Intelligent design is quite different from youth-earth creationism, Foxgoose, as has been said here before. The term creationist on its own could be said to apply to any Christian, Muslim or (believing) Jew, including those that reject both youth earth literalism and ID's much more sophisticated, mathematical critique of the likelihood of known natural processes producing something like DNA. If Maria Van der Hoeven thinks ID is worthy of more attention, then let's please say that, and criticise that, not slap the misleading creationist label on her. That's like calling someone a denier knowing it has connotations of holocaust denier. A climate sceptic should know better than to do that.

Apr 25, 2012 at 12:39 PM | Unregistered CommenterRichard Drake

Say hello to Trump for me.

http://www.telegraph.co.uk/news/politics/9225365/Alex-Salmond-declares-war-on-Donald-Trump-over-wind-farms.html

Apr 25, 2012 at 2:05 PM | Unregistered CommenterShevva

The term creationist on its own could be said to apply to any Christian ...
Not quite, Richard.
My Chambers definition of creationism is the theory that "everything that exists had its origin in special acts of creation by God" (my emphasis). This denies evolution, a subject on which the Catholic Church at least has no specific view. Mainstream Christian teaching is that God created the universe not that each species or individual is created separately. (The question of the creation of individual souls is a whole different matter with which I shall not bore you!).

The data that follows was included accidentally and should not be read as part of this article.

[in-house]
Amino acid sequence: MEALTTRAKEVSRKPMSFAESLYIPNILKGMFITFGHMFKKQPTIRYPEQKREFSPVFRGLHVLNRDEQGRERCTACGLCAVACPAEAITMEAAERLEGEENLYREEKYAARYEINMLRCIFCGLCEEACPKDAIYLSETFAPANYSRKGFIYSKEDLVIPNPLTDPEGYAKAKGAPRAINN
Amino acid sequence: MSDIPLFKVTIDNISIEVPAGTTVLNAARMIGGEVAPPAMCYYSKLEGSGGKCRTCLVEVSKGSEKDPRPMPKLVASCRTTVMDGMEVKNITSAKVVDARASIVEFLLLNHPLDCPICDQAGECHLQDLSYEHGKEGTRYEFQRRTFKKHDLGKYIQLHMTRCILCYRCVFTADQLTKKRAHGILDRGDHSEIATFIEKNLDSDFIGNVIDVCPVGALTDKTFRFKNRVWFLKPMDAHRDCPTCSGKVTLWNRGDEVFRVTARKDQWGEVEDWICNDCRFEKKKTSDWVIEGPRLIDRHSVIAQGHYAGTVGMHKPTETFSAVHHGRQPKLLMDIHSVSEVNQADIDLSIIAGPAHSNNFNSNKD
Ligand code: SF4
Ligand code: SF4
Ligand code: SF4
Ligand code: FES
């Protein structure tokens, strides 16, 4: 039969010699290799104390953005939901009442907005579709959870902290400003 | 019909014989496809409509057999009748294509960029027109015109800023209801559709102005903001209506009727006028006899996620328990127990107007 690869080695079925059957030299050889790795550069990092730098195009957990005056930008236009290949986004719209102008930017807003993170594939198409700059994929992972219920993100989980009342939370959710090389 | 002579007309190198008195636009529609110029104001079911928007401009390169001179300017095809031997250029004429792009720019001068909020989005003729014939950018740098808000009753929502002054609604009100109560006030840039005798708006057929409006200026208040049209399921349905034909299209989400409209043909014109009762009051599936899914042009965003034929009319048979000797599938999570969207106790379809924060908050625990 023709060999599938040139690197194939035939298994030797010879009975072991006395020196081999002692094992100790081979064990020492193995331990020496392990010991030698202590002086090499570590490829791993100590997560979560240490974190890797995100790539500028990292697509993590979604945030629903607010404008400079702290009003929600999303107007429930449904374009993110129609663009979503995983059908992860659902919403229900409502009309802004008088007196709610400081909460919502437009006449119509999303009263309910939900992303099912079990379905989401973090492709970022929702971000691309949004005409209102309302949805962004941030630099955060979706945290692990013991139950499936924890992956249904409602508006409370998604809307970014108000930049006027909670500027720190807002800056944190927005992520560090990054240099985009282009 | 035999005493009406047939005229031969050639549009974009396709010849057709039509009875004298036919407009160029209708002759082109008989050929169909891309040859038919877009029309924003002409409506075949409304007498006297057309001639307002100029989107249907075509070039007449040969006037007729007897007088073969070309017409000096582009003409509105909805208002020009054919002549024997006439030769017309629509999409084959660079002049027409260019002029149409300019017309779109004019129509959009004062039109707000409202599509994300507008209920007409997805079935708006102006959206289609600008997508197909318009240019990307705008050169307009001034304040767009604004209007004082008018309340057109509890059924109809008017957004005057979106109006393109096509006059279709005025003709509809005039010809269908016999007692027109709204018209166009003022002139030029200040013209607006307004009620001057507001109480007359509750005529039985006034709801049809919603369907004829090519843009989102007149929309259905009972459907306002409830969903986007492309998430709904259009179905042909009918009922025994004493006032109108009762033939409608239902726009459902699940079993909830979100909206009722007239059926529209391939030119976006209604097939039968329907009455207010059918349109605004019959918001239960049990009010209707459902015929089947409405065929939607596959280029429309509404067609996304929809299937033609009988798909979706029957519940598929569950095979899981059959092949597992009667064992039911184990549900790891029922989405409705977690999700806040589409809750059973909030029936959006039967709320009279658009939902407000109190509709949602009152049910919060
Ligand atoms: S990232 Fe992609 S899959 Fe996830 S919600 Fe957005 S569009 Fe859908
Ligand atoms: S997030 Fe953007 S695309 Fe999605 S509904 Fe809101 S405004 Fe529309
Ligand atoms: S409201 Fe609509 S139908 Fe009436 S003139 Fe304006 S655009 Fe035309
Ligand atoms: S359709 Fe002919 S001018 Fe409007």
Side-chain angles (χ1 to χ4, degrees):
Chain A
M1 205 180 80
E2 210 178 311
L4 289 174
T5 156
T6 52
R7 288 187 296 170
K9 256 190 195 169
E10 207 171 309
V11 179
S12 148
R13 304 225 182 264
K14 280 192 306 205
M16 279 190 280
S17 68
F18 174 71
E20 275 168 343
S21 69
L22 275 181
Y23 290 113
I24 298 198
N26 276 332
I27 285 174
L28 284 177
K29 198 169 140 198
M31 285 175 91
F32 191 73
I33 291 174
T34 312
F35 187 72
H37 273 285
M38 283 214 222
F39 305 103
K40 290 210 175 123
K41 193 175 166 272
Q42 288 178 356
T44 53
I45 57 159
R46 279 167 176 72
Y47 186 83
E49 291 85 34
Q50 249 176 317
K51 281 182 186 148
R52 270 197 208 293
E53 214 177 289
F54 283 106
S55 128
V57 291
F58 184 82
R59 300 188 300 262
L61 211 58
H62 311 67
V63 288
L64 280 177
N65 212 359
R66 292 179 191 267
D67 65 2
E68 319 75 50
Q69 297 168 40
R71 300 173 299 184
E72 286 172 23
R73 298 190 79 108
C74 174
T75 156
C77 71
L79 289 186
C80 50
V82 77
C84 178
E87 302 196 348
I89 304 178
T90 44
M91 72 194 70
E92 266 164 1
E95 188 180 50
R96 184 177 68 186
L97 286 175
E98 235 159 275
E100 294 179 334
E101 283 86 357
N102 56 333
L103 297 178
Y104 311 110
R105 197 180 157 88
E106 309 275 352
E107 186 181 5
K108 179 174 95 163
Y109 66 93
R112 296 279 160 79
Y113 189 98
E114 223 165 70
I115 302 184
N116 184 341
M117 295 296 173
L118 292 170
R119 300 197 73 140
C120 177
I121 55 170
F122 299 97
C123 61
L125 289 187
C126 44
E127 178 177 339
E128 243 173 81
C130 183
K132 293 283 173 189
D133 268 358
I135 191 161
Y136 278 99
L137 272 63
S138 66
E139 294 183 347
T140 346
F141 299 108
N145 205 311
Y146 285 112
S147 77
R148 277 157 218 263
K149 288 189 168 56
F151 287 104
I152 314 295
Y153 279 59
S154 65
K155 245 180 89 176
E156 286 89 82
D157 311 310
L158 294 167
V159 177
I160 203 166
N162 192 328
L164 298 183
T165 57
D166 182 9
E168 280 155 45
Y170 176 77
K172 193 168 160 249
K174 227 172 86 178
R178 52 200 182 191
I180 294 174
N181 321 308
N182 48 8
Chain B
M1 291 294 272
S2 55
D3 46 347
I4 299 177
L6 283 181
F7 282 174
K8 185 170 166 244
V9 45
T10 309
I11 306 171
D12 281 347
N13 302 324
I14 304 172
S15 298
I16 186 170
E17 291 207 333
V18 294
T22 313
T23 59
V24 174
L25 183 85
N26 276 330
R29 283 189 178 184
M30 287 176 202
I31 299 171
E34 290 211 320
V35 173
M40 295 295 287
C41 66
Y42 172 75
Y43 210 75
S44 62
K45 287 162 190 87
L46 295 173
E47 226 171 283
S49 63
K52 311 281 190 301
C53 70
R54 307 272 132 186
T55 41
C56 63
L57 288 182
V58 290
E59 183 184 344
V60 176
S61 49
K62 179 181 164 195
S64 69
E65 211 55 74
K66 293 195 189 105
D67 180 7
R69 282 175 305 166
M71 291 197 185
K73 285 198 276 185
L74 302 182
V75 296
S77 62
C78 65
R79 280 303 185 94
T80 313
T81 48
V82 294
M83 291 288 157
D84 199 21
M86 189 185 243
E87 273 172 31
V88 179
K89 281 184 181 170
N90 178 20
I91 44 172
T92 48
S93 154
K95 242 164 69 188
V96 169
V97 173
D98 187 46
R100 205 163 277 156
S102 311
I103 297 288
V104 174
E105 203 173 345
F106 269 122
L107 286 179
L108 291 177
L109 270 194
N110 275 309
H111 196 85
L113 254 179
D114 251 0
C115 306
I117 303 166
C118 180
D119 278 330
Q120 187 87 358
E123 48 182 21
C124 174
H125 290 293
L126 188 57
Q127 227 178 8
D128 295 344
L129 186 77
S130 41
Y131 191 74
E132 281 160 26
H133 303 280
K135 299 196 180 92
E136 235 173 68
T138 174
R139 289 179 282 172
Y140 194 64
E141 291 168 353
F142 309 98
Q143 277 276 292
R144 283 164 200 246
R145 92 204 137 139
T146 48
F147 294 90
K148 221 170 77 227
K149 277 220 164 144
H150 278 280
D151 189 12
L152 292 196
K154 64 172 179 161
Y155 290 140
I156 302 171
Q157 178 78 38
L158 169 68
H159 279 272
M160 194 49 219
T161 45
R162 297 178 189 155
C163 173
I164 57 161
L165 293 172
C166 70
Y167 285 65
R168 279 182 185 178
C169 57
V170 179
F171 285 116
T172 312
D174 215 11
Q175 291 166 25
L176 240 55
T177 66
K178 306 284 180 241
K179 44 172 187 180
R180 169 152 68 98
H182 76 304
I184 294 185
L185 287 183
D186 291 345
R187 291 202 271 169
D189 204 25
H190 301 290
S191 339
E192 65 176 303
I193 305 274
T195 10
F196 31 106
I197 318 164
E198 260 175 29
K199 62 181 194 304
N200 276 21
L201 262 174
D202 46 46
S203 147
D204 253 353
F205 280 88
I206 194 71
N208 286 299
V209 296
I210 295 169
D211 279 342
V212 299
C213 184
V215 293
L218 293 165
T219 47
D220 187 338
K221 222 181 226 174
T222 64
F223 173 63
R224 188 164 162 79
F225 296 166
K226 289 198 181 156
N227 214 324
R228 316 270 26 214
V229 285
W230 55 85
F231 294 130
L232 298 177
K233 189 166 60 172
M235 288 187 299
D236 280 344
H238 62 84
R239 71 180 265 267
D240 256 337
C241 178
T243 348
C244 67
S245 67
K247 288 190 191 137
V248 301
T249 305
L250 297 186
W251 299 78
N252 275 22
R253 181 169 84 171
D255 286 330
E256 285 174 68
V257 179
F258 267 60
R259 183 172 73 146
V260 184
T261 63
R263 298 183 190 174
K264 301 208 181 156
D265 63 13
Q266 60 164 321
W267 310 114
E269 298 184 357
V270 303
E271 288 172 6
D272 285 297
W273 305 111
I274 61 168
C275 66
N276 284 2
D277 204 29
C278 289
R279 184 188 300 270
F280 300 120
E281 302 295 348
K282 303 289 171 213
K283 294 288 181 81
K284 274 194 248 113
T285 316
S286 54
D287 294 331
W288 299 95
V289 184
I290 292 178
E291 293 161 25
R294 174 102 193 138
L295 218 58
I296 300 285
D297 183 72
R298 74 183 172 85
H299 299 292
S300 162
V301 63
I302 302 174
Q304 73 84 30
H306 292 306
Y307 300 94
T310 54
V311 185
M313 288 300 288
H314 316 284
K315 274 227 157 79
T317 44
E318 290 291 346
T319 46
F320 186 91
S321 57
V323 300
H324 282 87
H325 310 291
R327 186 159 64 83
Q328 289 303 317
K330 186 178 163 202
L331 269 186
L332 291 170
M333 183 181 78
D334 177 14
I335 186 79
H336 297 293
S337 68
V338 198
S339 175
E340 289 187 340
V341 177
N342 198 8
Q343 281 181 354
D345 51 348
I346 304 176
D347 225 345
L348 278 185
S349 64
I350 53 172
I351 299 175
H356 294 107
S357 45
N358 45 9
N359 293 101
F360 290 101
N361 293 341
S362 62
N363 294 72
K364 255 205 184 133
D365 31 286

I consider myself a Christian but certainly not a "creationist" in the pejorative sense which Foxgoose describes above.
And for what it's worth none of my Christian friends and acquaintances see any conflict between their faith and the scientific pursuit of knowledge, though we may occasionally have some reservations about the purposes to which that knowledge is put!

Apr 25, 2012 at 2:08 PM | Registered CommenterMike Jackson

What do laughing stocks and the MET Office have in common?

SUMMARY - PRECIPITATION:

The forecast for average UK rainfall slightly favours drier-than-average conditions for April-May-June as a whole, and also slightly favours April being the driest of the 3 months.

http://www.metoffice.gov.uk/publicsector/contingency-planners.

Will the nutters in the MET Office never give up? April being the driest? :-)

What a joke they are.

Apr 25, 2012 at 2:08 PM | Unregistered CommenterStacey

Apr 25, 2012 at 12:39 PM | Richard Drake